IoT Nightmares: The Pacemakers

This post originally appeared on SafeNet’s The Art of Data Protection blog prior to SafeNet being acquired by Gemalto.
Internet of Things - Healthcare Security

Medical professionals hailed the technology as “the biggest step towards immortality made in our lifetime.” New devices that would save millions of lives. A new range insulin pumps, defibulators, and implanted devices of all kinds were suddenly prescribed by doctors in every corner of the globe. They promised to provide greater insight into the care of patients, improve the quality of health, and even stop heart attacks as they occurred. And all of this could be done remotely.

The medical professionals were right; these devices did save lives. Unfortunately, they were also been used to destroy them.

In 2031, a patient with an implantable cardioverter defibrillator from the company BioDext dropped dead on stage at a politically rally. Samuel Tuff was the leading candidate for the Bull Moose party and heavily favored to with race for Governor of New York. His heart condition had been well kept from the public, and with his implanted device, his doctors had assured him that he would be fine. When the public learned that he had died of a heart attack, despite having the defibrillator, they demanded to know why the device had failed.

The BioDext device was designed to function at the first sign of significant cardiac arrhythmia, and fire again only if the heart failed to return to normal function. When BioDext investigated, they learned that not only had the defibrillator fired, but it had fired with seemingly no reason for doing so.

Somehow, this device had fired as if it had been commanded by some outside force. It slowly became clear that someone had deliberately hacked Mr. Tuff’s device, and used it to assassinate him in broad daylight.

The assassins revealed themselves hours after the politician’s death. An anarchist group calling themselves “The Pacemakers” claimed responsibility. The Pacemakers were a group of highly skilled hackers who lived and worked in the shadows. Their motives were to realign society in a design more suited to their own ideals, and they had spent years hacking medical devices and stealing medical records in preparation for the events to come. Samuel Tuff, they said, was the first of a long list of targets in all levels of government and enterprise that depended on a medical device they could compromise.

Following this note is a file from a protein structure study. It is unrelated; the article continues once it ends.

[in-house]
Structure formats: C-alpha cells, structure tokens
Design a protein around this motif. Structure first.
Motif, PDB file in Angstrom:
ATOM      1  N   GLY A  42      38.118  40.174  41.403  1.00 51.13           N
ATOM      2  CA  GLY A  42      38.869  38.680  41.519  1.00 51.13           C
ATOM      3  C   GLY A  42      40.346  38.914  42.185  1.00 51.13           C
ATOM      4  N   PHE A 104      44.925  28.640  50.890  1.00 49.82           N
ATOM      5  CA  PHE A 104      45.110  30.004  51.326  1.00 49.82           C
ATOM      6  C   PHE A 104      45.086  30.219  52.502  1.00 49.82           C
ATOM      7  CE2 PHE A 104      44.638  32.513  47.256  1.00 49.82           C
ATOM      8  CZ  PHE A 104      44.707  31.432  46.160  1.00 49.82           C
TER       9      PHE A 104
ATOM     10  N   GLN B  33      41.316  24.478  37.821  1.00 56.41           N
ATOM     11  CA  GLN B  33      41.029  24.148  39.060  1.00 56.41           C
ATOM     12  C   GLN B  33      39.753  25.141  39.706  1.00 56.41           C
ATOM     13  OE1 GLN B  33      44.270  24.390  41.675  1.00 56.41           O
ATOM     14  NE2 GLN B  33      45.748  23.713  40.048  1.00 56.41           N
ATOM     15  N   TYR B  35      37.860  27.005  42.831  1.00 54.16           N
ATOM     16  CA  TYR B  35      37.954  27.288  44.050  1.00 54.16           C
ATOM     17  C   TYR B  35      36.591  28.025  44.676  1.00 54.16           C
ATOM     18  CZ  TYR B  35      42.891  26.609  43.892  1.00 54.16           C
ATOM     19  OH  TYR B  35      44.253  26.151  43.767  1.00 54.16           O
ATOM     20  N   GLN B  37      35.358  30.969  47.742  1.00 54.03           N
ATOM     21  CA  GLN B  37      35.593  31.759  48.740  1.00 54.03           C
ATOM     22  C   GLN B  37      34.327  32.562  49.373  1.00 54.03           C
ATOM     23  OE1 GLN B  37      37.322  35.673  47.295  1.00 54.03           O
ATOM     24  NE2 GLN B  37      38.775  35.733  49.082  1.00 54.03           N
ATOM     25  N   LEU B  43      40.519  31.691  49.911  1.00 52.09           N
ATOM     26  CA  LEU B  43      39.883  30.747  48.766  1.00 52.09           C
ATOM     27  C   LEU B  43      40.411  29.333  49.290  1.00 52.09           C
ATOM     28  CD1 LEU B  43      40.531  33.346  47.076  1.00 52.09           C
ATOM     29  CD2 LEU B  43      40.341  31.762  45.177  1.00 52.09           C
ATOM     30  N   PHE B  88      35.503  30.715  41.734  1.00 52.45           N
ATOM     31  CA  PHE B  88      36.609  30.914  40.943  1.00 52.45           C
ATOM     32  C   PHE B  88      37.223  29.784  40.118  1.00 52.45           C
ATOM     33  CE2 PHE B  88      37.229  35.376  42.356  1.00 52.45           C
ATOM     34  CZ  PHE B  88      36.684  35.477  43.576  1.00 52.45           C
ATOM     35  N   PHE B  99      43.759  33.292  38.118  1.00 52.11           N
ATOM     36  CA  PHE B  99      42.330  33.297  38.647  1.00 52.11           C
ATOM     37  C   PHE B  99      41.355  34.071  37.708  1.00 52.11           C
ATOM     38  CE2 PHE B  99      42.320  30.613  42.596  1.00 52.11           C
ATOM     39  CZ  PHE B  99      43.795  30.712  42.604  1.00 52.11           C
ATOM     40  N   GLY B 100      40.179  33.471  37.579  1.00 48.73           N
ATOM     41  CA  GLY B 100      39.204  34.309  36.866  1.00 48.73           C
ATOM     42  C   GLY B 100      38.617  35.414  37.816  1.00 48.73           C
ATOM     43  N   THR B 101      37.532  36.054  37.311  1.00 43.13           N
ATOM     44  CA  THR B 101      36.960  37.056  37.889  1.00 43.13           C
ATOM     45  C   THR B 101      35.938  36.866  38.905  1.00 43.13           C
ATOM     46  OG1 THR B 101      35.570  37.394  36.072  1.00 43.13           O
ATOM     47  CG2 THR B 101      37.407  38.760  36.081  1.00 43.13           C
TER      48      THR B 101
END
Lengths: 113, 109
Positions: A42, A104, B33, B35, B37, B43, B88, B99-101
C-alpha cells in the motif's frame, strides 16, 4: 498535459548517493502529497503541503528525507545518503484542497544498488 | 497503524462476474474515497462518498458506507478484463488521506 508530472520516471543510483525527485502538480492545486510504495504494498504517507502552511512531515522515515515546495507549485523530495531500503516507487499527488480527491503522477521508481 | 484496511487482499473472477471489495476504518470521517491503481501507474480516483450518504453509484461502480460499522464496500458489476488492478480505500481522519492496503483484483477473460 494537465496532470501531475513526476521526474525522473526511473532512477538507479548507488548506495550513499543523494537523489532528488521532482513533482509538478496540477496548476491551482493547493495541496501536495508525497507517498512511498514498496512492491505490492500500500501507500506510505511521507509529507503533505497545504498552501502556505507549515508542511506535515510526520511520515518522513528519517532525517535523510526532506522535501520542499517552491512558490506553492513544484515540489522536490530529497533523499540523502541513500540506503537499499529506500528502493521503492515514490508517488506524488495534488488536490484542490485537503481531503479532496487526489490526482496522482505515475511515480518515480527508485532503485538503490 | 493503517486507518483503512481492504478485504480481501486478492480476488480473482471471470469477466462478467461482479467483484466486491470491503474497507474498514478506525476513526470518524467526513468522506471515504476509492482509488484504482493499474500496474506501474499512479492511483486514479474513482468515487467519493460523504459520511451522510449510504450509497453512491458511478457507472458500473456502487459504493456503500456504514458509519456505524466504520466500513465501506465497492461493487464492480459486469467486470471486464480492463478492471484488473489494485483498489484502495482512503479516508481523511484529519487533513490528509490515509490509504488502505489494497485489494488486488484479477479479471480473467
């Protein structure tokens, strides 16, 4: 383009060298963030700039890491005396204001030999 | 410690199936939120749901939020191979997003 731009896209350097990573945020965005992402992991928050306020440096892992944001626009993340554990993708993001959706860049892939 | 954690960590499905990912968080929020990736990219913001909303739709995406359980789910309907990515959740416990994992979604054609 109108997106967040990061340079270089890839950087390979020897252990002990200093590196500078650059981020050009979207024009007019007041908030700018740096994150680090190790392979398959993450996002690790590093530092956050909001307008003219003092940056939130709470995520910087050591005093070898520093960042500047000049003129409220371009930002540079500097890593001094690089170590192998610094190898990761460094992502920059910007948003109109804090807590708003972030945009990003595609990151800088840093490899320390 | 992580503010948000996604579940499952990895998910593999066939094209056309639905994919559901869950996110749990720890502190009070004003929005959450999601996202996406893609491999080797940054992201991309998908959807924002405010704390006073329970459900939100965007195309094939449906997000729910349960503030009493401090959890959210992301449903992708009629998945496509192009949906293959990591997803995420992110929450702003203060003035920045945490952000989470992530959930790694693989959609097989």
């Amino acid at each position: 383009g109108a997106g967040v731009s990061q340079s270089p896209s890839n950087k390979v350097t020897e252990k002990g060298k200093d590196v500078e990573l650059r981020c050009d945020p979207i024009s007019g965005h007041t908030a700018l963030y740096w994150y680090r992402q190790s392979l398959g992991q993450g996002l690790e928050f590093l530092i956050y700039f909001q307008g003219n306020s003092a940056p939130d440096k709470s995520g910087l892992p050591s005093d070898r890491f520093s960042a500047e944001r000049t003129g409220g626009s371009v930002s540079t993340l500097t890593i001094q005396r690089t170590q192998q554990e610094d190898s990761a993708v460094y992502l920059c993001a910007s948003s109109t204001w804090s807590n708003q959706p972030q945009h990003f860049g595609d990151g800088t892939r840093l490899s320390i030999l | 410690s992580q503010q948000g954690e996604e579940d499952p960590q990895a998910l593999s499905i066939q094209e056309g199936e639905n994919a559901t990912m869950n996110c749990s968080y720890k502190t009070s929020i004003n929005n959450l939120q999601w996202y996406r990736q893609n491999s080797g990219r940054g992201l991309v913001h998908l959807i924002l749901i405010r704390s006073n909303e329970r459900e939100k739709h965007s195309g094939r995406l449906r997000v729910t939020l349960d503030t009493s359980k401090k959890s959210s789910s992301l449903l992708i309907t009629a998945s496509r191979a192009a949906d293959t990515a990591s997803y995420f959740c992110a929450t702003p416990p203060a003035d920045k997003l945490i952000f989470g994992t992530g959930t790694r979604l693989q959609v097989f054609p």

In the following months, more people in positions of power fell victim to the group, as medical device providers like BioDext scrambled to patch security holes in their devices. The devices that once seemed like the future of medicine, were now seen as ticking time-bombs.


IoT Nightmares LogoWhile the story above is an extreme example of what could be possible when hacking implanted medical devices, it illustrates why the security of medical devices must be a top priority.

Within healthcare organizations today, a broad assortment of networked medical devices are being employed—and relied upon daily for a range of critical tasks. This can include implanted medical devices that are used to monitor and treat conditions within the individual’s body, such as pacemakers, drug delivery systems, and neuro stimulators. In addition, there are many other networked devices employed within hospitals, including rolling workstations, ventilators, portable ultrasound units, and x-ray machines. Research into the vulnerability of these devices indicated that they are highly vulnerable to compromise.

One of the key challenges in medical device security is the need to prevent unauthorized code from being run on the device. Through code signing, device manufacturers can establish a trusted ecosystem that enables timely, secure delivery of new software and code updates. As a result, device manufacturers can help customers mitigate the exposure associated with unpatched systems and devices.

The IoT Nightmares don’t end here!

Check out the previous entries in the IoT Nightmares blog series:

You can also play our IoT Nightmares Security Game to explore the risks the Internet of Things introduces to several industries.

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